American and international public focused on the result of the case and what it seemed to
mean. That is, an international tribunal had overturned a democratically enacted law for the
protection of an endangered species. Like the tuna-dolphin case, therefore, the shrimp-turtle
case galvanized opposition to globalization that appeared to be running roughshod over the
environment for the benefit of free trade.


The contention of critics of the WTO is that the Organization is inadequate for the purposes
of protecting the environment. This is not so. The WTO gives great latitude to members to
restrict trade to protect the environment. This is rarely conceded. The contention also slides
over another point. The WTO is an agreement for managing trade, not managing the
environment or any other area of public policy. If it is to be given the task of realizing other
international public policy objectives, such as protecting the environment, its capacity to meet
is core function - raising prosperity through trade - will be undermined.
There are two general arguments for “including” environment in the WTO. The first is that
the GATT is out of date;10 when it was drafted, environmentalism was not a public issue. The
second is that the environment is of such importance that WTO rules should allow trade
restrictions to support protection of the environment.11 A more specific argument is that when
the rules of free trade apply to agriculture, exemptions should be made for the
“multifunctional” role in society of agricultural producers, including protection of the
It is true the word “environment” doesn’t appear in the GATT. Sustainable development was
added as one of the general objectives of the World Trade Organization when it was
established in 1994. While “environmentalism” and “ecology” were not common terms in
public policy until the nineteen seventies, governments had been acting for many years to

Centre for International Environmental Law and Greenpeace International, Safe Trade in the 21st
Century – A Greenpeace Briefing Kit, September 1999
International Institute for Sustainable Development, Principles for Trade and Sustainable
Development, Winnipeg, 1994

conserve and protect natural resources. The first international institution for conservation, the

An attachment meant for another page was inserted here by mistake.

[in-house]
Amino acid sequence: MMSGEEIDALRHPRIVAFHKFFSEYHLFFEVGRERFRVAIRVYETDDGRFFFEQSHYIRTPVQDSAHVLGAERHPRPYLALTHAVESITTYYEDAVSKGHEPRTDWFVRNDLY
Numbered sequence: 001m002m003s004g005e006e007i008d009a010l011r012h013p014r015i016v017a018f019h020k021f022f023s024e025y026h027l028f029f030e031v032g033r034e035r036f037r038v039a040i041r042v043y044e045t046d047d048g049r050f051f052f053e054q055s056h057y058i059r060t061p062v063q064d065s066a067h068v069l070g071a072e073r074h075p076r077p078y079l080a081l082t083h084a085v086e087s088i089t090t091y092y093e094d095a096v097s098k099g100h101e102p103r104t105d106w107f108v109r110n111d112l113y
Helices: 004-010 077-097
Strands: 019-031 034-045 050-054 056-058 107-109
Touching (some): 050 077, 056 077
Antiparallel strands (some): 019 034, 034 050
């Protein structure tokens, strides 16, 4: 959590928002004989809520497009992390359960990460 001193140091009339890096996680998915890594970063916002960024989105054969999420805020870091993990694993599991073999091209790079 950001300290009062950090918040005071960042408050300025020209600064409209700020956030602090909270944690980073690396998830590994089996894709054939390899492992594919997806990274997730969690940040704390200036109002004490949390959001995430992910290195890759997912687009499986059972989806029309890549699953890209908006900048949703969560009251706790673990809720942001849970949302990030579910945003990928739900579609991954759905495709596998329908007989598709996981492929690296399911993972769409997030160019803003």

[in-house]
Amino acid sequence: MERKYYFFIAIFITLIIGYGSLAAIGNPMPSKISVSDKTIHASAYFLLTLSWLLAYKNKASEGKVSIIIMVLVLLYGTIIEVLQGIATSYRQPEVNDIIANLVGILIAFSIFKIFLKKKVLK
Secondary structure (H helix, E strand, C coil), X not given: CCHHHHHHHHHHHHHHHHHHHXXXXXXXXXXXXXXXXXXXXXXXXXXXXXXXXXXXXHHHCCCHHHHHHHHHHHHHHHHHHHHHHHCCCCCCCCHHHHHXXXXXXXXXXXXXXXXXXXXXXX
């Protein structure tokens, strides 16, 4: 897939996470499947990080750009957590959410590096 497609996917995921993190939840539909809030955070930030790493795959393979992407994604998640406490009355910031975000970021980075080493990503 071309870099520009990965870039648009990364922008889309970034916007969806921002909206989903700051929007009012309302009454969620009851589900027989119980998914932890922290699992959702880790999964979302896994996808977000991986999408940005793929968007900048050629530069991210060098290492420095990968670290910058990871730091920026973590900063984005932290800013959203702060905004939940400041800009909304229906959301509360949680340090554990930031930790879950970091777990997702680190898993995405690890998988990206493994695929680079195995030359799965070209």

World Conservation Union (IUCN) was established in 1948. The key difference between
1948 and today is that environmentalism enjoys a higher political priority in most countries
and appreciation of its importance is wider in the community.
The contention that the environment is so important that WTO rules should be subordinated
to environmental measures is generally argued with four cases. First, the WTO does not
permit controls on trade according to how products are processedor the environmental effects
of those processes.12 Second, the observance of respect for national sovereignty upon which
the WTO is based prevents extraterritorial application of trade measures to protect the
environment.13 Third, the WTO threatens to invalidate trade provisions in some multilateral
environment agreements.14 Fourth, the WTO does not give adequate expression to the
precautionary principle.15

Protection of Environment under the WTO

There are several provisions in the WTO agreements dealing with environment. There is a
reference to sustainable development as one of the general objectives to be served by the
WTO in the Marrakech Agreement which established the WTO. There are provisions in the
Agreement on Agriculture and the General Agreement on Trade in Services (GATS).
However by far and away the most important provisions as far as environmental issues are
concerned are Article XX of the GATT and the Agreements on Sanitary and Phytosanitary
Measures and the Agreement on Technical Barriers to Trade.
Article XX of the GATT
The core agreement of the WTO system is the General Agreement on Tariffs and Trade
(GATT). The principal purpose of the GATT was to oblige members to use the same rules to
regulate trade and to ensure in particular that there was no discrimination in trade. All
international agreements need exemptions clauses. These are the mechanisms that ensure that
governments retain the capacity to perform essential functions that might be eroded if the
basic rules of the treaty are applied.
The most common exemption in most agreements is to preserve freedom of action to protect
national security. Article XX specifies what activities are exempt from GATT rules. These
exemptions give members very wide latitude to control trade to protect the environment.
Article XX waives members of the obligation to apply fundamental commitments,
particularly non-discrimination, in certain cases. They include protection of national security,
protection of morals, preservation of national cultural heritage. Of particular importance is
the right to waive the rules in order to protect human, animal, plant health and safety.
Article XX.b permits restrictions on trade to protect human, animal and plant life health and
safety. Article XX.d permits restrictions on matters not inconsistent with the objectives of the
GATT. Article XX.g also permits restrictions if they complement national programs for
conservation of resources.
Centre for International Environmental Law and Greenpeace International, Safe Trade in the 21 Century –

A Greenpeace Briefing Kit, September 1999, www.greeenpeace.org

Steven Shrybman, Canadian Alliance on Trade and Environment, c/o Sierra Club of Canada, An
Environment Guide to the WTO, May 1997
WWF International, Sustainable Trade for a Living Planet, Reforming the World Trade Organisation,
September 1999.
Centre for International Environmental Law and Greenpeace International, Safe Trade in the 21 Century –

A Greenpeace Briefing Kit, September 1999,